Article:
Shared by our hard working Crossfields International Associates, Touchstone Collaborations, who are returning from their research residency in South Africa. “This piece is published in collaboration with the academic journal Elementa. It is based on “Toward thick legitimacy: Creating a web of legitimacy for agroecology,” a peer-reviewed article published July 20 as part of Elementa’s New Pathways to Sustainability in Agroecological Systems forum.”
The BBC is reporting that top universities will be offering online undergraduate degrees within the next 5 years, something they have been reluctant to do until now. The rising costs of university education will make this an attractive offer to many young people particularly. We believe that online Higher Education, or blended learning with a mix of online and face to face can work very well, as long as students are well supported, have ready access to tutors and an engaged peer group. An example of this is our HE programme: Researching Holistic Approaches to Agroecology which invites students from all over the world, is mainly online with an annual meeting and is for anyone interested in taking a research approach to the environment and agriculture.
Here is the BBC article:
Text: The dust has certainly been stirred up in the UK agriculture sector following the Brexit result of last Thursday. In my last blog post the big issue was the fate of Roundup and glyphosates in the EU – the renewal of the licence for these being delayed and a decision will rest on further study of potential negative effects of glyphosate in the food chain. A significant role, from an agroecological perspective, that has been played by the EU is the regulation of GMO’s and many member states have opted out of growing GMO’s. It remains to be seen what emerges in a Brexit UK. The NFU states on their website that farmers in the UK have been frustrated by an “excessive use of the precautionary principle” (see www.nfuonline.com – article of 24.06.2016). Now that the vote has been cast what does this mean for consumers, who will want to be sure that developments in agriculture continue to be carefully scrutinized?
On Sunday June 12th the All-Party Parliamentary Group on Agroecology (APPG Agroecology) published a report on their website (https://agroecology-appg.org/) highlighting the fact that “the national picture on soil health is deplorably lacking, and there are currently no assessment plans, despite the Government commitment to ensure that all soils are managed sustainably by 2030”. Go to the APPG Agroecology website to see the full reports. The importance of fostering good soil health is clearly an area in which much more research and education needs to be undertaken. Holistic approaches to agroecology (such as permaculture, biodynamics, organics) have long acknowledged that healthy soil is the basis to sound agroecological practices, and the basis for healthy food. Crossfields International is keen to support research and education in how to develop and maintain soil health, which we are doing through supporting a number of international postgraduate students in their agroecological studies.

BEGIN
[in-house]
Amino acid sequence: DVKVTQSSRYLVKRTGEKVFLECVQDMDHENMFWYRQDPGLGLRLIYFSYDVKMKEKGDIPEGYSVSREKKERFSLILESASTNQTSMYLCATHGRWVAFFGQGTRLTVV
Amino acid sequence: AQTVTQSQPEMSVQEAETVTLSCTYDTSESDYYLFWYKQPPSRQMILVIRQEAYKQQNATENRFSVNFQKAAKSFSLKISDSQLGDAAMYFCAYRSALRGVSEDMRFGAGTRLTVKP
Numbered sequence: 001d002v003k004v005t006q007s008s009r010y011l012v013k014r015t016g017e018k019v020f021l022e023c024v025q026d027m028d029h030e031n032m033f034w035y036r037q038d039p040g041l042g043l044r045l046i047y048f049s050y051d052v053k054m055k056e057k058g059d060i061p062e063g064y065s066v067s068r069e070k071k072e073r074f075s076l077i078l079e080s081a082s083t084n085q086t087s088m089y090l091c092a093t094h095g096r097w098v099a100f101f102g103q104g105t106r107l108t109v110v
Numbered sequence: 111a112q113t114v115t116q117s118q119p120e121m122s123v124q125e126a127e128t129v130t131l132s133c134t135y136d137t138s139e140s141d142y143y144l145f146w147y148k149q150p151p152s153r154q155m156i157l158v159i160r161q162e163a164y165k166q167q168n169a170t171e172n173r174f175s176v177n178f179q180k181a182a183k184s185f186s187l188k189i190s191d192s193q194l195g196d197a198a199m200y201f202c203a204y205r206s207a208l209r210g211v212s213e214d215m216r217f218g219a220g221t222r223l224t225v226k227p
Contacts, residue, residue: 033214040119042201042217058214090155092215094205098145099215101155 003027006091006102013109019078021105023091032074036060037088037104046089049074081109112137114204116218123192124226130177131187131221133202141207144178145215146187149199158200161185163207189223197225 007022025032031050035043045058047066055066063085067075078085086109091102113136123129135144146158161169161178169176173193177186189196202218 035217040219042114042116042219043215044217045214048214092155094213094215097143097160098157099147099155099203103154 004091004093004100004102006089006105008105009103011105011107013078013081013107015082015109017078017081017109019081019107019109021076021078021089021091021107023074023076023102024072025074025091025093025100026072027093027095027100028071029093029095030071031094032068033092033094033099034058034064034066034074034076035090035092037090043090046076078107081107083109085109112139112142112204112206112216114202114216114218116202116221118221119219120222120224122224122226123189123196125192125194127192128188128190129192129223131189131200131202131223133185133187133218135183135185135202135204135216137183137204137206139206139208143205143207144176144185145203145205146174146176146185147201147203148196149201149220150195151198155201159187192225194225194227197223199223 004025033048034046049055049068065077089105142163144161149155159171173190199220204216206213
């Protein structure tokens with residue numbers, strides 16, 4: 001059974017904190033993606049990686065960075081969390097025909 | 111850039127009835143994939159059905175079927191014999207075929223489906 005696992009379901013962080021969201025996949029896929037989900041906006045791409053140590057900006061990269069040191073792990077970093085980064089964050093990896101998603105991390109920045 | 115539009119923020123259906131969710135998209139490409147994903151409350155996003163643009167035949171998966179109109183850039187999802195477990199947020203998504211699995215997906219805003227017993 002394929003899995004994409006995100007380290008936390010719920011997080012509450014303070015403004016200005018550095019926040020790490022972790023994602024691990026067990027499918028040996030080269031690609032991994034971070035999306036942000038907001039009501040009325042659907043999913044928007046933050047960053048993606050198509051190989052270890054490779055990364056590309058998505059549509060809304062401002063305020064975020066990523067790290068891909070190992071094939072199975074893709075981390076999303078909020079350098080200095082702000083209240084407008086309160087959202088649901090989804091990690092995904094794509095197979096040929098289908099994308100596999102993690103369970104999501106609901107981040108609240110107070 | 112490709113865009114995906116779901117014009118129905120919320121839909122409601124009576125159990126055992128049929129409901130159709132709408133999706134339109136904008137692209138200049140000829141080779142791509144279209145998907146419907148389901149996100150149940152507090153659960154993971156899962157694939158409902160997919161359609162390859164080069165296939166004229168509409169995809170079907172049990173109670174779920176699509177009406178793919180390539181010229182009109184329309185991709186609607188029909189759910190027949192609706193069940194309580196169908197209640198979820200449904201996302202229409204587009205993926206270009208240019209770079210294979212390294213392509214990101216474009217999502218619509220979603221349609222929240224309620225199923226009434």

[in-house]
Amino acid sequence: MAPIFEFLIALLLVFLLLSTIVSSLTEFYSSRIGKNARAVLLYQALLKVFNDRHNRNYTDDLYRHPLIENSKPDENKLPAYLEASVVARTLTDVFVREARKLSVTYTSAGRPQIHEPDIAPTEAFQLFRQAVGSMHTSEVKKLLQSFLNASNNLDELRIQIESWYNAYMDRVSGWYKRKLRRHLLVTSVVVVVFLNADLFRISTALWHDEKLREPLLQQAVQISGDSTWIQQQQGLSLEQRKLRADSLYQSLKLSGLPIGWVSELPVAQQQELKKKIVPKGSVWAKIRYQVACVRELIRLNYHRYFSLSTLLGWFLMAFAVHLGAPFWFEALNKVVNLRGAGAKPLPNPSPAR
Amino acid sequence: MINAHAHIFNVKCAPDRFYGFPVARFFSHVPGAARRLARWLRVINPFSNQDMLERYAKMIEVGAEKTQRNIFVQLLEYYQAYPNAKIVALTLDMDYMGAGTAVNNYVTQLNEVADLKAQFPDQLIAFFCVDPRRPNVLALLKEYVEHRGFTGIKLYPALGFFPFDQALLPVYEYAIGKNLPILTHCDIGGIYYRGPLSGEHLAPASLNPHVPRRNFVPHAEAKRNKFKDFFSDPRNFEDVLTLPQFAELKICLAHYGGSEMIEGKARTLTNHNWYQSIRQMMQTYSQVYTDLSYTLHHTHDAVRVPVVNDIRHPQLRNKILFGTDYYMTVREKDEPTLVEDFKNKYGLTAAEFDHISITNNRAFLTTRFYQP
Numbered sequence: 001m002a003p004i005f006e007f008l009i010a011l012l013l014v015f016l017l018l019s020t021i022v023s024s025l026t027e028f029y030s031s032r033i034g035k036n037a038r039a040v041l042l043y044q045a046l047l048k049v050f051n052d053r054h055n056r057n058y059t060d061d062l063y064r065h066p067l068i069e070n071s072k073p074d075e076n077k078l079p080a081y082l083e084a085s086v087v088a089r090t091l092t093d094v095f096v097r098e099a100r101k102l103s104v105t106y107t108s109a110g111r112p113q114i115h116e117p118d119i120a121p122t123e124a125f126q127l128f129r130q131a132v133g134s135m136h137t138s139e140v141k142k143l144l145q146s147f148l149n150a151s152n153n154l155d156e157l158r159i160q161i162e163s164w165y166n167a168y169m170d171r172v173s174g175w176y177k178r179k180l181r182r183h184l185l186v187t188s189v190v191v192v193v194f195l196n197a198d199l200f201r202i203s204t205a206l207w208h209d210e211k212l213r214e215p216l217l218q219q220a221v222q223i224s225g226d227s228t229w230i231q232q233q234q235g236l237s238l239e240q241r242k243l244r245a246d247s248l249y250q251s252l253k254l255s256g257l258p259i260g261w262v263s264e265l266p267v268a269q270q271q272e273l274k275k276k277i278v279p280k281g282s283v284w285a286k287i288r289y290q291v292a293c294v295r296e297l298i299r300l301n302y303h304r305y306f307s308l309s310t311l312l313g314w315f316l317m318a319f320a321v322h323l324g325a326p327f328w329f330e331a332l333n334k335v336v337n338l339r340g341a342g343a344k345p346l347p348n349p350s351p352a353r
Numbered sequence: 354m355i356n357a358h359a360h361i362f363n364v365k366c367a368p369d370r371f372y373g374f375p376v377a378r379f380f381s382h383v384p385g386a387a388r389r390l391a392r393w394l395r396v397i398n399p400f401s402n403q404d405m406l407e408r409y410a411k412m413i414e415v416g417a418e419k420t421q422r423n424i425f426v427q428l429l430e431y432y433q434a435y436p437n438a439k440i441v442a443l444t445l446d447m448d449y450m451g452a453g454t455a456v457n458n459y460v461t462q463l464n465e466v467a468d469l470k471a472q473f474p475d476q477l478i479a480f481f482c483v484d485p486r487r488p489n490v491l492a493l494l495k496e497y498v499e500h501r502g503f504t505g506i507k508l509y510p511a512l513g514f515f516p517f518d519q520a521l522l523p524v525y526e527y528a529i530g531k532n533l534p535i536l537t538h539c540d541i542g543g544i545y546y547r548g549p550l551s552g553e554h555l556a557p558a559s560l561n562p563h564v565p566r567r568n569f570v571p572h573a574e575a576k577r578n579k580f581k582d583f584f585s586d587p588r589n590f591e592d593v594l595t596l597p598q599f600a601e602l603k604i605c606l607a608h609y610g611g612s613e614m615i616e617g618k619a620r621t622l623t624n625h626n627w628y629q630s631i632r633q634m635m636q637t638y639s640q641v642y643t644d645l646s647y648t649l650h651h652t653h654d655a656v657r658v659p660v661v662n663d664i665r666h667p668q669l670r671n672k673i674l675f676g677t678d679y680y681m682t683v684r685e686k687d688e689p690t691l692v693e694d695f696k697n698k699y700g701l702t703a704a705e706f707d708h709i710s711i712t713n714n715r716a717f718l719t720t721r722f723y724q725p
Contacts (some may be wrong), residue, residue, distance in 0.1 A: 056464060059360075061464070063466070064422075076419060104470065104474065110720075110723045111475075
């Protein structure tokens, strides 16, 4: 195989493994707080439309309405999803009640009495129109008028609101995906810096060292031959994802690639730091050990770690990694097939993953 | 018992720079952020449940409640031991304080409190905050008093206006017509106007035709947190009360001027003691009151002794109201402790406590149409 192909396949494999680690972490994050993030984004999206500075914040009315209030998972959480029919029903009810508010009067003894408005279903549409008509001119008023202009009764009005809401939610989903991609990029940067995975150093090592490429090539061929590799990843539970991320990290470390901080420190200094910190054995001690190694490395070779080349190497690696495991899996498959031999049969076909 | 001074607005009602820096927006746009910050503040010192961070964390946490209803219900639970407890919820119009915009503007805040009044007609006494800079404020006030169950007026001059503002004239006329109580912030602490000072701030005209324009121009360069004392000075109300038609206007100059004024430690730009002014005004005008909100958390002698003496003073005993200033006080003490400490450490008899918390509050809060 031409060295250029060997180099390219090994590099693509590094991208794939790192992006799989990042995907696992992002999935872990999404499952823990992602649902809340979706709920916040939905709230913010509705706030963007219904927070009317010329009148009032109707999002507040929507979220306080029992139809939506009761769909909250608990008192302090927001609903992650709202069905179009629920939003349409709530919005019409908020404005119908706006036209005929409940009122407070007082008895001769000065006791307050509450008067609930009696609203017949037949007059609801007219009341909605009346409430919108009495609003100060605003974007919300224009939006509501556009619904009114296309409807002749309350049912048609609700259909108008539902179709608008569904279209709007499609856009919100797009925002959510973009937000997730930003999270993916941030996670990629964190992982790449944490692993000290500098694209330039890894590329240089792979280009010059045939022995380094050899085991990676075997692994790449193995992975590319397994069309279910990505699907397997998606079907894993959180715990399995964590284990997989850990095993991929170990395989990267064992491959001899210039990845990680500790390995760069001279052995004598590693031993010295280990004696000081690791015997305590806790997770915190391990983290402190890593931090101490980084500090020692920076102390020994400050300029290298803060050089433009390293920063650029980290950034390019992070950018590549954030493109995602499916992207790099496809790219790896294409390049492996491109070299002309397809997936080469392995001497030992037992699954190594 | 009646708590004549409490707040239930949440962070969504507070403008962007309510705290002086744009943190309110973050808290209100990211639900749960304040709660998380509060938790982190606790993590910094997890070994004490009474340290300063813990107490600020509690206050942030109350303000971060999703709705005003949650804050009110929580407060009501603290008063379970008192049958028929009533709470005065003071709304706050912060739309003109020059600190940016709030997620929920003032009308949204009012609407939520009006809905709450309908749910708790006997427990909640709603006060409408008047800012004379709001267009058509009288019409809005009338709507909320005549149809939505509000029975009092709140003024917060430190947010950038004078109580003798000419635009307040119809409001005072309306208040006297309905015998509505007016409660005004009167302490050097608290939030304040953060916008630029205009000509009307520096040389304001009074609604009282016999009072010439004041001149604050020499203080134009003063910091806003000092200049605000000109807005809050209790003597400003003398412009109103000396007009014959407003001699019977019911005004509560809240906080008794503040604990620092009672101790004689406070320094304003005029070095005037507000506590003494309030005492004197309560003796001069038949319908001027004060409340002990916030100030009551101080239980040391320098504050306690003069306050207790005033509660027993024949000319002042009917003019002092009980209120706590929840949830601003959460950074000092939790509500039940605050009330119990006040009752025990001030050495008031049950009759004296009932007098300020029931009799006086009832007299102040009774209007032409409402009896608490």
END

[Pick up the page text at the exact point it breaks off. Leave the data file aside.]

We have received the first donation to the new ‘Growing Diversity Fund’ to provide needs-based part bursaries for Agroecology students. Thanks to the generosity of The Ernest Cook Trust: learning from the land.
Permaculture is great at spreading via grassroots sharing. It is an inspiration for 21st century communication. Innovations like https://permaculture-research.blogspot [website no longer exists] help in mobilising practitioners to build up evidence. It would be great to see permaculture breaking through more often into academic journals and influencing government policy. The MSc Researching Holistic Approaches to Agroecology from Crossfields Institute (pending final approval with the University of Coventry) has been designed to support holistic approaches to food production. Those interested in permaculture, organics, and biodynamics can explore the holistic thinking that underpins what they do and shape research projects that are academically rigorous but true to their roots. For more information see www.crossfieldsinstitute.com
Charlotte von Bulow, Judy Foster and Jonathan Code are visiting Hawthorne Valley Farm from September 19th to September 21st to promote the MSc Researching Holistic Approaches to Agroecology and to discuss development projects.
They will also be running a workshop entitled Intention and Attention in Symposionic Conversation in collaboration with Marc Clifton. https://hawthornevalleyassociation.org/event/intention-attention-sympsionic-conversation/ [page no longer exists]
Hawthorne Valley Farm has been producing high quality food for more than 35 years. Through biodynamic farming practices they reflect a commitment to protecting the health of the earth and all who live on it. The education and outreach programs provided by the farm strive to raise awareness of the social, ecological, and economic importance of agriculture in everyday life